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Thread: line kick

  1. Default line kick

    Hello all I am having a bit of trouble casting. especially with my bass bugs

    So here goes, let me give you some back ground. I started fly fishing back when i was 17 with a 5wt for trout casting only small trout flies and small streamers for bass. never had any issues casting with these small flies.

    I went to college and had a part time job and put fishing on the back burner. now that im out of college and have my first real job on my days off i like to go fishing and decided to warm up the fly rods again. One of my rods I picked up was a 7wt cabelas xst.

    I relined it just this past month with a rio small mouth bass taper and began to practice in the parks on the grass with a piece of yarn tied to the end of my leader. My casts unrolled beautifully and straight. went down to the local stream and tied on a larger (size 2-4?) hard bodied popper.

    I immediately started having issues. when the loop would unroll it would kick violently to one side or downwards and i cant seem to make a good cast to save my life. I managed to make a handfull of good casts but it seemed like the difference between to much and to little power was miniscule. Is my problem that im overpowering the cast?

    I tend to cast slightly off to the side, Lefty Kreh style instead of straight up and down like Joan Wulff style. Should I return to the basics and start the traditional cast straight up and down? or is there something else? Im thinking about investing in an hour or so of private casting lessons from the local fly shop. but was wondering if anyone had any ideas? also when i start making longer and longer casts the line is falling down and slapping the water behind me. is this just an issue of trying to false cast to much line?

    Thanks
    Sean Scott

  2. #2

    Default Re: line kick

    For a quick troubleshoot I would say you are over powering the casts. When doing this more overhead the line will kick down, when more side arm the line will kick in the direction opposite the side the cast was made on (If right handed will kick to the left)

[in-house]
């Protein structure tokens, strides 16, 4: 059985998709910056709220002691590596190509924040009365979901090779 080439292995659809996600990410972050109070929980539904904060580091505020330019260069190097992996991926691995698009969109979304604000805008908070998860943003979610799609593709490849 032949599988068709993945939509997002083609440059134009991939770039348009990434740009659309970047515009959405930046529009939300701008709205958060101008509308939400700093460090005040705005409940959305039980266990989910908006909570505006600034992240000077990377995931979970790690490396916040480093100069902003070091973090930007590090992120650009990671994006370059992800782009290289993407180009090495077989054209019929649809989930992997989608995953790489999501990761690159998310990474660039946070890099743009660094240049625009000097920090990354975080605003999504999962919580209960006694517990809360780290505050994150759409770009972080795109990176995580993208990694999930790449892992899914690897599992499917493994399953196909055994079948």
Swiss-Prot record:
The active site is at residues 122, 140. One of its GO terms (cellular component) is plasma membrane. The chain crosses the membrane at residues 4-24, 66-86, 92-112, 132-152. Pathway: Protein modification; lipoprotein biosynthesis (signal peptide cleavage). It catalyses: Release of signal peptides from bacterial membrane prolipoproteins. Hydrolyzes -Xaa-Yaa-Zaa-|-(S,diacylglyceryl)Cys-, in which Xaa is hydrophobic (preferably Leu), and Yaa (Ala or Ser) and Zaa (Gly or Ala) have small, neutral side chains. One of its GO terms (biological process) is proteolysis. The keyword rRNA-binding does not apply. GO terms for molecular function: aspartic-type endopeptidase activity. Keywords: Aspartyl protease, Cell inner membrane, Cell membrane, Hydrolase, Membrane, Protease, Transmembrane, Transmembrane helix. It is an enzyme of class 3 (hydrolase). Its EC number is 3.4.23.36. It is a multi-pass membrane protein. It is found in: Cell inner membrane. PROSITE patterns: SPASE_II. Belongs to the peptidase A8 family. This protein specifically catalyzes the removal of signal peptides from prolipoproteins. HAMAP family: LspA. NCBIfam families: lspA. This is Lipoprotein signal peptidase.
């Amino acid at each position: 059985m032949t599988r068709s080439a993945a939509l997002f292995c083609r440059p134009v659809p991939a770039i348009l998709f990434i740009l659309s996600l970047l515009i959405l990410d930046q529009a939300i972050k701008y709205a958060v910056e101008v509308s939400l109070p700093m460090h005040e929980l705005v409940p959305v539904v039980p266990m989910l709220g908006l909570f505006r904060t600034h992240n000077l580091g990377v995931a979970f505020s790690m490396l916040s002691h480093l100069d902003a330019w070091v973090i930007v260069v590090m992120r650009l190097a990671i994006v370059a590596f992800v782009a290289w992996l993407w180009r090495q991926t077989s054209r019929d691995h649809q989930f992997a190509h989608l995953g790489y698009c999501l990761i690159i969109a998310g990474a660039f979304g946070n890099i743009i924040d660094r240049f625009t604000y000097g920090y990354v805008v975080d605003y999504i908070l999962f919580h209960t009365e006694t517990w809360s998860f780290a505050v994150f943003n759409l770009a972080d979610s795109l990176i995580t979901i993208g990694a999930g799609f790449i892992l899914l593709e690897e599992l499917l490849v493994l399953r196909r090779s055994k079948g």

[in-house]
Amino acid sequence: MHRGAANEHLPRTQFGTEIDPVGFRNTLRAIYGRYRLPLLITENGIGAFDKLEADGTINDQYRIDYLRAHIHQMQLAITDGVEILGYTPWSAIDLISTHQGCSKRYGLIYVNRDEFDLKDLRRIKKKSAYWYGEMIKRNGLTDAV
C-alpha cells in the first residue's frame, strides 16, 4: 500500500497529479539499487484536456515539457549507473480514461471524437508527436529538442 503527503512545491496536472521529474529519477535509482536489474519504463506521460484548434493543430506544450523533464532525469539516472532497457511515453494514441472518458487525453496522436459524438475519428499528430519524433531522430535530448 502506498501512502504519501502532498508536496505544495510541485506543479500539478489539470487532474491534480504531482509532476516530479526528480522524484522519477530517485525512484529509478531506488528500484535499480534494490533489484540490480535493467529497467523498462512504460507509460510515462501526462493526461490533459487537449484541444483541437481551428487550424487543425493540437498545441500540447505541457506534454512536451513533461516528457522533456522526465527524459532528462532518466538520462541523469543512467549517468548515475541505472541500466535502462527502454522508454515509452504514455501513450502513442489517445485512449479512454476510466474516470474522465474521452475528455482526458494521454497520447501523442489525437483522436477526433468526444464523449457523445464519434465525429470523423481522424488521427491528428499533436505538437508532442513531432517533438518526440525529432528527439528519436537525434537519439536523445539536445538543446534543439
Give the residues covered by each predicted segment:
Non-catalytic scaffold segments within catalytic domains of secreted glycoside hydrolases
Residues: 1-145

Thems my best guesses.

  3. Default Re: line kick

    right you are sir. When i cast i am right handed and the kick is always off to the left. and is more pronounced when i try to side arm (shadow cast for you river runs through it fans ) but i dont notice it when using a practice fly or light dry flies and small nymphs. What gives? and I did notice today after watching a casting video recommended to me on this site, Thanks again guys

    My problem is that i notice my back stroke is nice and has good form but then my forward stroke i try to wallop the line forward and force power into it. I noticed this today and took some time to practice and not actual fishing. and also i noticed my casting plane sometimes tends to have an upwards angle to it.

    Thanks again
    Sean Scott

  4. #4

    Default Re: line kick

    Try using the least amount of power needed to get the job done. That 9' lever adds a lot more power than people give it credit for. If you use too little power the just poops-out on you. Too much power and all sorts of troubles can appear like tailing loops (wind knots), the bounce back you asked about earlier and other stuff.
    You might be amazed at how far you can cast without horsing the rod.
    I hope this helps.